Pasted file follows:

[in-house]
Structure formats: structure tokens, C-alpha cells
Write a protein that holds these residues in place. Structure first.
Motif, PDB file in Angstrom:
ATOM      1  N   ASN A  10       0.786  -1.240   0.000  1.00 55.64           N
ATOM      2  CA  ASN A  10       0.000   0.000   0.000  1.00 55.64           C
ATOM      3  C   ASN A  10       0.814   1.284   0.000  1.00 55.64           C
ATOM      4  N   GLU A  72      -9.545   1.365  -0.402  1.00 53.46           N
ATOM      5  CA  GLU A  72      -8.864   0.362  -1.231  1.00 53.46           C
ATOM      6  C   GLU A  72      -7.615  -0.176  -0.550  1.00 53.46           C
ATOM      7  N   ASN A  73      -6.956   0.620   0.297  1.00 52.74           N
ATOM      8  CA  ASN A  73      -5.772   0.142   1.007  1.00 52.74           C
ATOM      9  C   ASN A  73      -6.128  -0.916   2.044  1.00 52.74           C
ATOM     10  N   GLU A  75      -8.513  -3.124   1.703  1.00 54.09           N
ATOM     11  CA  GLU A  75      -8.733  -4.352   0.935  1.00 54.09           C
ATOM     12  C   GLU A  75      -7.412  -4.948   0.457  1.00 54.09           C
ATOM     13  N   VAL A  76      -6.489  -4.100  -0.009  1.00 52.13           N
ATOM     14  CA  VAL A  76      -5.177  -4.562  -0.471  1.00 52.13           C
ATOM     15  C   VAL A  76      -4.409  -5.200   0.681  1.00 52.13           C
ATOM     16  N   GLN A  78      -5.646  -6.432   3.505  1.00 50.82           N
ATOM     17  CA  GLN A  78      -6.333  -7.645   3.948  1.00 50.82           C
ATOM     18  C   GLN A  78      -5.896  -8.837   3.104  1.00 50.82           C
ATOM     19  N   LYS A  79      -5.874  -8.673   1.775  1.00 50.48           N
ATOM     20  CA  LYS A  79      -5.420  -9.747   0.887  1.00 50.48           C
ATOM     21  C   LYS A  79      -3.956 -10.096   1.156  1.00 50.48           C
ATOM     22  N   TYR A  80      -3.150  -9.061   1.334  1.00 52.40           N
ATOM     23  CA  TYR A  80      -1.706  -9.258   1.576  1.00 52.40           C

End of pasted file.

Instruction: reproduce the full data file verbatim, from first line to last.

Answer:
[in-house]
Structure formats: structure tokens, C-alpha cells
Write a protein that holds these residues in place. Structure first.
Motif, PDB file in Angstrom:
ATOM      1  N   ASN A  10       0.786  -1.240   0.000  1.00 55.64           N
ATOM      2  CA  ASN A  10       0.000   0.000   0.000  1.00 55.64           C
ATOM      3  C   ASN A  10       0.814   1.284   0.000  1.00 55.64           C
ATOM      4  N   GLU A  72      -9.545   1.365  -0.402  1.00 53.46           N
ATOM      5  CA  GLU A  72      -8.864   0.362  -1.231  1.00 53.46           C
ATOM      6  C   GLU A  72      -7.615  -0.176  -0.550  1.00 53.46           C
ATOM      7  N   ASN A  73      -6.956   0.620   0.297  1.00 52.74           N
ATOM      8  CA  ASN A  73      -5.772   0.142   1.007  1.00 52.74           C
ATOM      9  C   ASN A  73      -6.128  -0.916   2.044  1.00 52.74           C
ATOM     10  N   GLU A  75      -8.513  -3.124   1.703  1.00 54.09           N
ATOM     11  CA  GLU A  75      -8.733  -4.352   0.935  1.00 54.09           C
ATOM     12  C   GLU A  75      -7.412  -4.948   0.457  1.00 54.09           C
ATOM     13  N   VAL A  76      -6.489  -4.100  -0.009  1.00 52.13           N
ATOM     14  CA  VAL A  76      -5.177  -4.562  -0.471  1.00 52.13           C
ATOM     15  C   VAL A  76      -4.409  -5.200   0.681  1.00 52.13           C
ATOM     16  N   GLN A  78      -5.646  -6.432   3.505  1.00 50.82           N
ATOM     17  CA  GLN A  78      -6.333  -7.645   3.948  1.00 50.82           C
ATOM     18  C   GLN A  78      -5.896  -8.837   3.104  1.00 50.82           C
ATOM     19  N   LYS A  79      -5.874  -8.673   1.775  1.00 50.48           N
ATOM     20  CA  LYS A  79      -5.420  -9.747   0.887  1.00 50.48           C
ATOM     21  C   LYS A  79      -3.956 -10.096   1.156  1.00 50.48           C
ATOM     22  N   TYR A  80      -3.150  -9.061   1.334  1.00 52.40           N
ATOM     23  CA  TYR A  80      -1.706  -9.258   1.576  1.00 52.40           C